Barack Hussein Obama II (i/bəˈrɑːkhuːˈseɪnoʊˈbɑːmə/; born August 4, 1961) is the 44th and currentPresident of the United States, the firstAfrican American to hold the office. Born in Honolulu, Hawaii, Obama is a graduate of Columbia University and Harvard Law School, where he was president of the Harvard Law Review. He was a community organizer in Chicago before earning his law degree. He worked as a civil rights attorney in Chicago and taught constitutional law at the University of Chicago Law School from 1992 to 2004. He served three terms representing the 13th District in the Illinois Senate from 1997 to 2004, running unsuccessfully for the United States House of Representatives in 2000.
African Americans (also referred to as Black Americans or less commonly Afro-Americans, and formerly as American Negroes) are citizens or residents of the United States who have total or partial ancestry from any of the native populations of Sub-Saharan Africa. The term is not usually used for black residents of other countries in the Americas.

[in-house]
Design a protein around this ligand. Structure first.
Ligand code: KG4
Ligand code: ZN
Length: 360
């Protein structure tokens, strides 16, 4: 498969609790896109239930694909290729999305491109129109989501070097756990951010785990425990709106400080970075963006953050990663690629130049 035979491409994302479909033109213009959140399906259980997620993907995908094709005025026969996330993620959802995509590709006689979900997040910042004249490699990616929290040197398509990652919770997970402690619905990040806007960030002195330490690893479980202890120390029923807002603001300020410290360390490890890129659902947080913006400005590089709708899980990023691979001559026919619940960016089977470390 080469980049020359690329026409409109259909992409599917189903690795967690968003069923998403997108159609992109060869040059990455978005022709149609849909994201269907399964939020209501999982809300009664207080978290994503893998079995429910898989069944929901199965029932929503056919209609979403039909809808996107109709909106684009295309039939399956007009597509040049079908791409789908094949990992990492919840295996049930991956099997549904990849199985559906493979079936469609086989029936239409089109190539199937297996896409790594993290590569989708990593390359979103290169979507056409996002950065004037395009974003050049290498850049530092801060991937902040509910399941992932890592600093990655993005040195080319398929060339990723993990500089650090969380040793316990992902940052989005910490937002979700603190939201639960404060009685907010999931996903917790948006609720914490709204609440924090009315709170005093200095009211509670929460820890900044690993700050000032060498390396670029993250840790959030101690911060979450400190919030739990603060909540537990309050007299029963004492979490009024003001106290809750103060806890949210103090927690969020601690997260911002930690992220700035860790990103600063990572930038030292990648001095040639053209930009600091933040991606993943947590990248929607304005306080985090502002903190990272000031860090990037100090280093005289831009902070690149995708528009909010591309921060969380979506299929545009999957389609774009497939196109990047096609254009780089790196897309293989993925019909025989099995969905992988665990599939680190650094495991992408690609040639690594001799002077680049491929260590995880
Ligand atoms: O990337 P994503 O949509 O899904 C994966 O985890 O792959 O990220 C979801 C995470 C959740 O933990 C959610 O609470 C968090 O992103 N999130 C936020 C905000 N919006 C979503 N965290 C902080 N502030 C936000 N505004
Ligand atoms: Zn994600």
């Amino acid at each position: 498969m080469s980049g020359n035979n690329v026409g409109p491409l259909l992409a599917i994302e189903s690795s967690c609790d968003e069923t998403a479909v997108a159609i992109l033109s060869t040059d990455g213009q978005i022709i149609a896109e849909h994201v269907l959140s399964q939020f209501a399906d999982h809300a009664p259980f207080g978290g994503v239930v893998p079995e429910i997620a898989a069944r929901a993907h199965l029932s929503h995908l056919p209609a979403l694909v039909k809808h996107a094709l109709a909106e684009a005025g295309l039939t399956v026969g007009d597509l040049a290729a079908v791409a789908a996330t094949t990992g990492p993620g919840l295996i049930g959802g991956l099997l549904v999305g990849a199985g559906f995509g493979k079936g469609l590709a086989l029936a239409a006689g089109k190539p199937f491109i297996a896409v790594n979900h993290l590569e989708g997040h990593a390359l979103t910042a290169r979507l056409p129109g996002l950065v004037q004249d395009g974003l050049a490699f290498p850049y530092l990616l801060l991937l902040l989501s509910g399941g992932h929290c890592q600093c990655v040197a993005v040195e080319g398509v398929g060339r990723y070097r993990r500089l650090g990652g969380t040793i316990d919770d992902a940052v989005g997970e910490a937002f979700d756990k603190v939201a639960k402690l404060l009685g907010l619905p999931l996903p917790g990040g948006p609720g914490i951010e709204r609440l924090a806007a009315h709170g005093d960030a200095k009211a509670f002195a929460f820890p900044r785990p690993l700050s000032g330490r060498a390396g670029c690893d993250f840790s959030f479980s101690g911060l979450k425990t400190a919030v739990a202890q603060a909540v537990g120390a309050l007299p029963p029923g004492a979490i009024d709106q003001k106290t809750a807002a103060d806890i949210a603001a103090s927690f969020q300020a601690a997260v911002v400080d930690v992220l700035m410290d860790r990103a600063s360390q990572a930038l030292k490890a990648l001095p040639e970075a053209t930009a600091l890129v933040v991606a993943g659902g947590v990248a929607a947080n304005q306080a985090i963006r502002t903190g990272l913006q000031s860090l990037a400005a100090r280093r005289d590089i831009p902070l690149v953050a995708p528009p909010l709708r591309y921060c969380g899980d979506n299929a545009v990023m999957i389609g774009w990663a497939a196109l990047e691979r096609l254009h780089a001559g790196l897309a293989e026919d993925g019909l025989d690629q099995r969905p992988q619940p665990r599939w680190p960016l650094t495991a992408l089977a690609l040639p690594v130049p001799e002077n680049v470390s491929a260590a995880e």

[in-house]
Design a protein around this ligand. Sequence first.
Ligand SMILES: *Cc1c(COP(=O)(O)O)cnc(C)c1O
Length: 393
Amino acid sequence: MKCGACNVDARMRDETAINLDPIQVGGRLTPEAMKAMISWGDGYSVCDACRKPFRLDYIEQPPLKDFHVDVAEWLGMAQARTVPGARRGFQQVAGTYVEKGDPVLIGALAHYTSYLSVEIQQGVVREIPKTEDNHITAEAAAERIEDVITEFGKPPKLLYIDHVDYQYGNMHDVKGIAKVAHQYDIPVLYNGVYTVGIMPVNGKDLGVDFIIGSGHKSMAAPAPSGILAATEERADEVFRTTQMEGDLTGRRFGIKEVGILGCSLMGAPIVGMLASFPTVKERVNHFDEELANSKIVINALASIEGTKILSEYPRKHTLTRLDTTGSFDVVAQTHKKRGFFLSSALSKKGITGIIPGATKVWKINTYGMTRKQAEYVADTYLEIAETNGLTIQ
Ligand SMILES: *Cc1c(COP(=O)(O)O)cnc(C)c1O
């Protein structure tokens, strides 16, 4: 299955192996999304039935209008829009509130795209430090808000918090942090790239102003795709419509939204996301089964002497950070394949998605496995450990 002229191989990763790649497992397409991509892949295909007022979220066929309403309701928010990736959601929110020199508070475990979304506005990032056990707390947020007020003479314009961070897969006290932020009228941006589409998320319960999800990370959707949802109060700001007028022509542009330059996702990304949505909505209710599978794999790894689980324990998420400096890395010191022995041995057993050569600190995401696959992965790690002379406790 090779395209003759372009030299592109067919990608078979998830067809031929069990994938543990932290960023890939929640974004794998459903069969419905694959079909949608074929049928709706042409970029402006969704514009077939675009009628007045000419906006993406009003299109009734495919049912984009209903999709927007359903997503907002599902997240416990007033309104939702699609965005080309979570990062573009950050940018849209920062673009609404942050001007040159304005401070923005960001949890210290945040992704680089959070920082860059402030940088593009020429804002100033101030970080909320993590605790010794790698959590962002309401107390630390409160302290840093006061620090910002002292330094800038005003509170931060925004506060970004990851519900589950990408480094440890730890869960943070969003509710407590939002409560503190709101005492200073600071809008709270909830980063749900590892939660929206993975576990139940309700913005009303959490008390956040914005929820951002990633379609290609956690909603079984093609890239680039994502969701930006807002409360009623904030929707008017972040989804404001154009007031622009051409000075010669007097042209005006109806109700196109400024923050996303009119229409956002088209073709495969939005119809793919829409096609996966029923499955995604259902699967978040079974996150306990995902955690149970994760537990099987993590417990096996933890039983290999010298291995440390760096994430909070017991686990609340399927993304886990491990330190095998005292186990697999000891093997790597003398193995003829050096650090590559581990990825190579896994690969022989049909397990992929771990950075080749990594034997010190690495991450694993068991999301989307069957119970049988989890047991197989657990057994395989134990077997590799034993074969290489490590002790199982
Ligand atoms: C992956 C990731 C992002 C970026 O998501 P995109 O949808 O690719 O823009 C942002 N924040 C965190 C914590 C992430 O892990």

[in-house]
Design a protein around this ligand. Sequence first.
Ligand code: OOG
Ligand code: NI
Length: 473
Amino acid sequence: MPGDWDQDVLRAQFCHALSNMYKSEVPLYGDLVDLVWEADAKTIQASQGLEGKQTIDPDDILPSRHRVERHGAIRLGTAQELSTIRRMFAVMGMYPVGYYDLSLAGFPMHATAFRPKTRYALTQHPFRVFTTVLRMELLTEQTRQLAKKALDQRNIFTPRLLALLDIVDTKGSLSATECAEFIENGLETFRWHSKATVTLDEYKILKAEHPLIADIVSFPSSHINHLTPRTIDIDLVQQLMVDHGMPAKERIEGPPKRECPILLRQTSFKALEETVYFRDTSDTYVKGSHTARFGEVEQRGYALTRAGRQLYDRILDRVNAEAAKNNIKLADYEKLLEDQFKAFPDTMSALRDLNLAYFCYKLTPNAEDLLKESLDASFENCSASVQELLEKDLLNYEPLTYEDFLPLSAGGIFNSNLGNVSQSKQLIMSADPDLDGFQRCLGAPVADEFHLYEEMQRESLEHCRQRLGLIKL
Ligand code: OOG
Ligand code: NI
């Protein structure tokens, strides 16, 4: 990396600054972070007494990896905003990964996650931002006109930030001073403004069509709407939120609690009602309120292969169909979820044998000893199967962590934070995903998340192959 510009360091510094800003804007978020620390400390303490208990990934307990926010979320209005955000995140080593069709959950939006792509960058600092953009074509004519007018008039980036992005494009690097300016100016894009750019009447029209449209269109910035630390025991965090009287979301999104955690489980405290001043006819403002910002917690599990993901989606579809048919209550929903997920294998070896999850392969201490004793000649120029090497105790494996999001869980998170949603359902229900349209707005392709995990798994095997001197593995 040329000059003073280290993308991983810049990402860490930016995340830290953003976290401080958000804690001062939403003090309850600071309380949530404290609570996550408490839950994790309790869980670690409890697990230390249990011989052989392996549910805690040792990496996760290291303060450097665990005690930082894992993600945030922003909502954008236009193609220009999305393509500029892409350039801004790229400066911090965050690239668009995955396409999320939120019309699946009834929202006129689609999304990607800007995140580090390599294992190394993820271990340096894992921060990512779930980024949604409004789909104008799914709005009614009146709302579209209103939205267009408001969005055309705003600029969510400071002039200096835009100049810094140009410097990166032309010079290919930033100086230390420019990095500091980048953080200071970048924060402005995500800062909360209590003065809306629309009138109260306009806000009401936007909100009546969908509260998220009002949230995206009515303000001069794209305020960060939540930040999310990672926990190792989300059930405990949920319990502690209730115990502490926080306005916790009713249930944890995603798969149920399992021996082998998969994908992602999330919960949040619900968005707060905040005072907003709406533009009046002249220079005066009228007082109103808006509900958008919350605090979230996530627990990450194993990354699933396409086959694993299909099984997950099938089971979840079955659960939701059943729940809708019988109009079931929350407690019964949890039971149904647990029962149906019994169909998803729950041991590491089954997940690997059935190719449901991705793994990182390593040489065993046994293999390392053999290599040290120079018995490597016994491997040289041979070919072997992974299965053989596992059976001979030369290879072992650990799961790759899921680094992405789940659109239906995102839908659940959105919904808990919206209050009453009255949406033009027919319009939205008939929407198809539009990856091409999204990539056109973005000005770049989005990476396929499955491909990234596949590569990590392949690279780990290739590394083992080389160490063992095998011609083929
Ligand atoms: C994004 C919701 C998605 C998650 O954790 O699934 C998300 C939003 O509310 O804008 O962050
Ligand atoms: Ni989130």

African Americans make up the single largest racial minority in the United States. Most African Americans are of West and Central African descent and are descendants of enslaved blacks within the boundaries of the present United States. However, some immigrants from African, Caribbean, Central American and South American nations, and their descendants, may be identified or self-identify with the term.
African-American history starts in the 16th century with black Africans forcibly taken to Spanish and English colonies in America as slaves. After the United States came into being, black people continued to be enslaved and treated as inferiors. These circumstances were changed by Reconstruction, development of the black community, participation in the great military conflicts of the United States, racial segregation, and the Civil Rights Movement. In 2008, Barack Obama was the first African American to be elected president of the United States. The geographical-origin-based term "African American" is commonly used interchangeably with "black American", although skin-color-based terms are sometimes considered disparaging.